A 1,000-MW wind farm would require approximately 85,240 acres of land (approximately 133 square miles). Accounting for a range of capacity factors (32-47 percent), between 1,900 MW and 2,800 MW of wind capacity would be required to produce the same amount of electricity as a 1,000-MW nuclear plant in a year. The land needed for wind energy to produce the same amount of electricity in a year as a 1,000-MW nuclear plant is between 260 square miles and 360 square miles. A 1,000-MW solar photovoltaic (PV) facility would require about 8,900 acres (approximately 14 square miles).
Accounting for a range of capacity factors (17-28 percent), between 3,300 MW and 5,400 MW of solar PV capacity is required to produce the same amount of electricity as a 1,000-MW nuclear plant in a year. The amount of land needed by solar to produce the same generation as 1,000 MW of nuclear capacity in a year is between 45 and 75 square miles.
To be honest, if mischievous, you could make this comparison even better for nuclear energy. Consider that the five reactors now being built in Georgia, South Carolina and Tennessee are at existing facilities. They take up no more land than has already been committed to the facilities. Almost all new wind and solar installations are new builds – of course, mischievous wind and solar folks have distributed energy installations in their camps (roof-top solar and the like). But let’s just call this a minor factor withal – some proposed nuclear reactors could be in newly built facilities.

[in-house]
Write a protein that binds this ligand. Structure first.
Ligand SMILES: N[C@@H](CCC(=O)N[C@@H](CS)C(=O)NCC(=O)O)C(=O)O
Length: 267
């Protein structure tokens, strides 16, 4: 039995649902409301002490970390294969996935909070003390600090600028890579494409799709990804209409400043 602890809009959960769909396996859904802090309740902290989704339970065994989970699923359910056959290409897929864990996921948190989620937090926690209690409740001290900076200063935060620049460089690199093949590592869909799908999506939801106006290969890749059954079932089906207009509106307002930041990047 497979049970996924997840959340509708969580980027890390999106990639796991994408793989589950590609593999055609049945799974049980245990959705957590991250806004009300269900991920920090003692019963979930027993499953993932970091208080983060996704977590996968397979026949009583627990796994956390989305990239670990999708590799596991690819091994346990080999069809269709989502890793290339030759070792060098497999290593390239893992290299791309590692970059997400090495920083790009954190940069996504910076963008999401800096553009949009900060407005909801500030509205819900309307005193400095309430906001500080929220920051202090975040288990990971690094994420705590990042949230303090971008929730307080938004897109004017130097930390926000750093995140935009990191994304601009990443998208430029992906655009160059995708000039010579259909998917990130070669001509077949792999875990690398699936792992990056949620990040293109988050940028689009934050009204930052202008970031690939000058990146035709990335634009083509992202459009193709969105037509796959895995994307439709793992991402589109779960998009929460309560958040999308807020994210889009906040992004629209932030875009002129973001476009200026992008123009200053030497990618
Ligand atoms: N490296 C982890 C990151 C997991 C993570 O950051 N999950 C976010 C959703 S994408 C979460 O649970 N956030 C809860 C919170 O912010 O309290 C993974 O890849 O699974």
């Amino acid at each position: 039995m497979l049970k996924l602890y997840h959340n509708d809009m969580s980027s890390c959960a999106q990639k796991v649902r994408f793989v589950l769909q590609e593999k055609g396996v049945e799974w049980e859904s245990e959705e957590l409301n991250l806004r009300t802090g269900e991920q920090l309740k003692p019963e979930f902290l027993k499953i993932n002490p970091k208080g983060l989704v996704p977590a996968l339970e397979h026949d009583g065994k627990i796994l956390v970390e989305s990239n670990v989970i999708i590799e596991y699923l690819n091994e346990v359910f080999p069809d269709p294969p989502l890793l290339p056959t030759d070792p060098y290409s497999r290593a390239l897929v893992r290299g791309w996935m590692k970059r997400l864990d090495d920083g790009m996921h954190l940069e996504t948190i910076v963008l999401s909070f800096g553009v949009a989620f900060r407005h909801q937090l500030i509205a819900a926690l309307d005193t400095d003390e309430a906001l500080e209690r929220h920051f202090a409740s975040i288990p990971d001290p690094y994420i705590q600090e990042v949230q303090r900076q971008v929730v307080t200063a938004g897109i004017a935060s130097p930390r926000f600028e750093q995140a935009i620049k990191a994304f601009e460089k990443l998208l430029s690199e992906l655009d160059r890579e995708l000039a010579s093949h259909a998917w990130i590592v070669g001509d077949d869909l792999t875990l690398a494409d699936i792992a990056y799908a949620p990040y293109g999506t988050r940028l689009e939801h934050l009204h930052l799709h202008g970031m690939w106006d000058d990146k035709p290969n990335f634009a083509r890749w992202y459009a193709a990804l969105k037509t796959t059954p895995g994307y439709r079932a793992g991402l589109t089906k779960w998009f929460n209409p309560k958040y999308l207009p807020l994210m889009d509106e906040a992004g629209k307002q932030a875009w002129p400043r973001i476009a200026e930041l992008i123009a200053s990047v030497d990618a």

The conclusion however you look at it is almost foregone: if you want a lot of cleanly generated electricity in a (relatively) small space, then nuclear energy is the way to go. As Brook points out, this could be determinative in places where land is at a premium or when biodiversity concerns rise in importance. In places like the U.S., it is, or should be, a factor in considering the mix of energy types. These may have started as exercises, but they reveal real issues to consider in energy policy.

EDITOR'S NOTE: The NEI paper, "Land Requirements for Carbon-Free Technologies," is available on NEI's website.

Tuesday, June 30, 2015

Matt Wald on the News Media and Nuclear Energy

Matt Wald
Last week, NEI's Matt Wald gave a short talk to the NEI Lawyers Committee on why the media covers nuclear energy the way it does. After spending 33 years working for the New York Times, it's clear he knows of what he speaks. Here's a short excerpt: